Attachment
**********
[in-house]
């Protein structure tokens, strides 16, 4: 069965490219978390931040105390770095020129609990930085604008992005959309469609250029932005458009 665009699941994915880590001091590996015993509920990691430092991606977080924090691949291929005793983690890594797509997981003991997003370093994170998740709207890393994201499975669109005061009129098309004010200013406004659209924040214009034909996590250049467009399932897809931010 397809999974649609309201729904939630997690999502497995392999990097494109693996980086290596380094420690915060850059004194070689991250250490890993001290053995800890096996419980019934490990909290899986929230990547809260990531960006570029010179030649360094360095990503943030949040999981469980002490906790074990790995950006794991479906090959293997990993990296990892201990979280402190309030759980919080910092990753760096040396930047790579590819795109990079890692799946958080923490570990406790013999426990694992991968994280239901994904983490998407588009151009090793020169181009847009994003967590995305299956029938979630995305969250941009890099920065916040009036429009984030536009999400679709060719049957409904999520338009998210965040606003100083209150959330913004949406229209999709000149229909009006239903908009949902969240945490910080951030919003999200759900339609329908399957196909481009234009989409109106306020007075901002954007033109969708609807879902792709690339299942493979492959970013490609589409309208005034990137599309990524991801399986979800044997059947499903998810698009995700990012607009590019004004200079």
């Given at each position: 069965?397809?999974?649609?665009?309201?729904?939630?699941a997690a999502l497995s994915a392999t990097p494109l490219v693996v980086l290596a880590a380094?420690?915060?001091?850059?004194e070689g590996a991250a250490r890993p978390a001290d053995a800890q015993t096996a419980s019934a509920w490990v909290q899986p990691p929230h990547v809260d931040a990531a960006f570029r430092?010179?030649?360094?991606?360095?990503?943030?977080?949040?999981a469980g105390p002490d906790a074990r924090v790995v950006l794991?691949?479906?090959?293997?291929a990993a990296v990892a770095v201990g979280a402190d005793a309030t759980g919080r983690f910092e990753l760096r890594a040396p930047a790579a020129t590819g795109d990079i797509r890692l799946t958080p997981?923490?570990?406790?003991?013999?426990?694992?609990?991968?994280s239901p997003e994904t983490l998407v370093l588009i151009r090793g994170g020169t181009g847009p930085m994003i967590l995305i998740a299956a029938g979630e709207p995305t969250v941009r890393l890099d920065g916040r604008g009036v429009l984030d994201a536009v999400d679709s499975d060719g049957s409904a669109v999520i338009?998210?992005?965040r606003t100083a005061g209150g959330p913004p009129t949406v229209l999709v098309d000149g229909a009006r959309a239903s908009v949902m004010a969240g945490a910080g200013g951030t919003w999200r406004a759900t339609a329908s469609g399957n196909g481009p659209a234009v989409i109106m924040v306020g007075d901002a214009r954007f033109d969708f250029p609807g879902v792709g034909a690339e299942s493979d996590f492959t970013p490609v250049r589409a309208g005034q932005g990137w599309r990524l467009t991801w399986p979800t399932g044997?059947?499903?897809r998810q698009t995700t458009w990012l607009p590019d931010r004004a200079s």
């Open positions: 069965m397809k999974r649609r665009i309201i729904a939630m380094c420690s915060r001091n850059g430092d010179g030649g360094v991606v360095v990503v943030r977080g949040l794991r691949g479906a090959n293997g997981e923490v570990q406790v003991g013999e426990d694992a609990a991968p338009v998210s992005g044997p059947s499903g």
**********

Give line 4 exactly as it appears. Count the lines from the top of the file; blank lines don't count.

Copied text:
């Open positions: 069965m397809k999974r649609r665009i309201i729904a939630m380094c420690s915060r001091n850059g430092d010179g030649g360094v991606v360095v990503v943030r977080g949040l794991r691949g479906a090959n293997g997981e923490v570990q406790v003991g013999e426990d694992a609990a991968p338009v998210s992005g044997p059947s499903g």